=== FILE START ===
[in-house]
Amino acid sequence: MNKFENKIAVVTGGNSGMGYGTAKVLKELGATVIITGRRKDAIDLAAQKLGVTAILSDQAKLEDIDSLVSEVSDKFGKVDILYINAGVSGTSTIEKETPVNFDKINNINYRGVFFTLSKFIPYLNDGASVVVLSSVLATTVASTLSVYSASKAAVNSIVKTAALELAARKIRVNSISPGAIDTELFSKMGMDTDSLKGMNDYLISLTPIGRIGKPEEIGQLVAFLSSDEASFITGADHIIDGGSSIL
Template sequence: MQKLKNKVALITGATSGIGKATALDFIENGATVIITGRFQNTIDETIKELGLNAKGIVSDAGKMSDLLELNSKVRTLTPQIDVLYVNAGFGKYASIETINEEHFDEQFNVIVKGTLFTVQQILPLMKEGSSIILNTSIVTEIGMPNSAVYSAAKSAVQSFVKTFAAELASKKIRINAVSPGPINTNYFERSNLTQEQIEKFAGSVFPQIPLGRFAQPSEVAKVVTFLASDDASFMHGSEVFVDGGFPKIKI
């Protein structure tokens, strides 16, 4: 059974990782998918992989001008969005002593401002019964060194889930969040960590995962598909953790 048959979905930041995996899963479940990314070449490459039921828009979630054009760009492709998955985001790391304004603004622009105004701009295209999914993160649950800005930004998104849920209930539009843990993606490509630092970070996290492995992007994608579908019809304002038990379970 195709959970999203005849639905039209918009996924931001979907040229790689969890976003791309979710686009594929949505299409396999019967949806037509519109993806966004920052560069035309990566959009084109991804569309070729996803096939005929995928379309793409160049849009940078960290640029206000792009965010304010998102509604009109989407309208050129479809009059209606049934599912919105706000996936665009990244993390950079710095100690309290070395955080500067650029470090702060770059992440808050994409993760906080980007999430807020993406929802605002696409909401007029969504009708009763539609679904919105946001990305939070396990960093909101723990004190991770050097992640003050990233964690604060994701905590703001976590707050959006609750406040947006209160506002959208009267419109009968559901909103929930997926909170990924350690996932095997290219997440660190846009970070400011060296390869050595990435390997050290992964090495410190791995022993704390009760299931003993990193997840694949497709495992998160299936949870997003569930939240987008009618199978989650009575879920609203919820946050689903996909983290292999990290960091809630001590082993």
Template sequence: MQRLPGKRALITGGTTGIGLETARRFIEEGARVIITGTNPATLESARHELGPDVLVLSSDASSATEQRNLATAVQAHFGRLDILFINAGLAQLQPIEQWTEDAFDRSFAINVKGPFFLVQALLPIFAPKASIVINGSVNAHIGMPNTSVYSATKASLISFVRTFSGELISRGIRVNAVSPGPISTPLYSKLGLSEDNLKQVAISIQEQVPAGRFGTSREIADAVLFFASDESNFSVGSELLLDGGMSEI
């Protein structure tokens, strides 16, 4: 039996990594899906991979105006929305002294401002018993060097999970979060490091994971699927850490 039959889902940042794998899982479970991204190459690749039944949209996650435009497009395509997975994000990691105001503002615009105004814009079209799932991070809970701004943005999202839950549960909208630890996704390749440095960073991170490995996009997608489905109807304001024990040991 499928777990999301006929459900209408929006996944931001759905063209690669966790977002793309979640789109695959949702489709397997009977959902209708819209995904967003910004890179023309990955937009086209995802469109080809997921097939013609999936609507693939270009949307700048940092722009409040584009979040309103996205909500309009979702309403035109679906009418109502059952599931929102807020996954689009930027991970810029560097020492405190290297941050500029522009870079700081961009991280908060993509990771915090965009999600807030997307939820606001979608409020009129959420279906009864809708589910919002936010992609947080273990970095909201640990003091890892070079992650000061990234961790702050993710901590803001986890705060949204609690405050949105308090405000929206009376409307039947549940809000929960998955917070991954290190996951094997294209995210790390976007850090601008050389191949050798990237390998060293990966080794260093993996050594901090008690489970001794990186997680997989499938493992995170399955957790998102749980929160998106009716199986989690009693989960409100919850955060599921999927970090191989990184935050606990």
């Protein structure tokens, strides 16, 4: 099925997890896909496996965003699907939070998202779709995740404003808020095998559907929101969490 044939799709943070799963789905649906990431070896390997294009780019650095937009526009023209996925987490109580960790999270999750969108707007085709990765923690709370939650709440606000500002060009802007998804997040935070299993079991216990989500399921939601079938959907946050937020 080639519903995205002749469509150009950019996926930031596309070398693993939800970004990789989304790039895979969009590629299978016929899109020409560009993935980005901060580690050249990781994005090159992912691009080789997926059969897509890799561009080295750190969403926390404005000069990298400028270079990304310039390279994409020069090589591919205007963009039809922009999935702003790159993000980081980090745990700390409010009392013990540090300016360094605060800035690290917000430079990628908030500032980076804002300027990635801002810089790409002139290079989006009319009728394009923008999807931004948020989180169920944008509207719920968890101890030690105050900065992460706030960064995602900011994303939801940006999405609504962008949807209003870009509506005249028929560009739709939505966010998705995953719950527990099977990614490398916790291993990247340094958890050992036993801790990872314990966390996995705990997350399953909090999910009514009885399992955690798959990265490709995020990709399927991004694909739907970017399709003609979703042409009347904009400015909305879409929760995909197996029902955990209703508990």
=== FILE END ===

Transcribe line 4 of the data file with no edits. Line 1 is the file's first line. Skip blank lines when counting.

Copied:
């Protein structure tokens, strides 16, 4: 059974990782998918992989001008969005002593401002019964060194889930969040960590995962598909953790 048959979905930041995996899963479940990314070449490459039921828009979630054009760009492709998955985001790391304004603004622009105004701009295209999914993160649950800005930004998104849920209930539009843990993606490509630092970070996290492995992007994608579908019809304002038990379970 195709959970999203005849639905039209918009996924931001979907040229790689969890976003791309979710686009594929949505299409396999019967949806037509519109993806966004920052560069035309990566959009084109991804569309070729996803096939005929995928379309793409160049849009940078960290640029206000792009965010304010998102509604009109989407309208050129479809009059209606049934599912919105706000996936665009990244993390950079710095100690309290070395955080500067650029470090702060770059992440808050994409993760906080980007999430807020993406929802605002696409909401007029969504009708009763539609679904919105946001990305939070396990960093909101723990004190991770050097992640003050990233964690604060994701905590703001976590707050959006609750406040947006209160506002959208009267419109009968559901909103929930997926909170990924350690996932095997290219997440660190846009970070400011060296390869050595990435390997050290992964090495410190791995022993704390009760299931003993990193997840694949497709495992998160299936949870997003569930939240987008009618199978989650009575879920609203919820946050689903996909983290292999990290960091809630001590082993």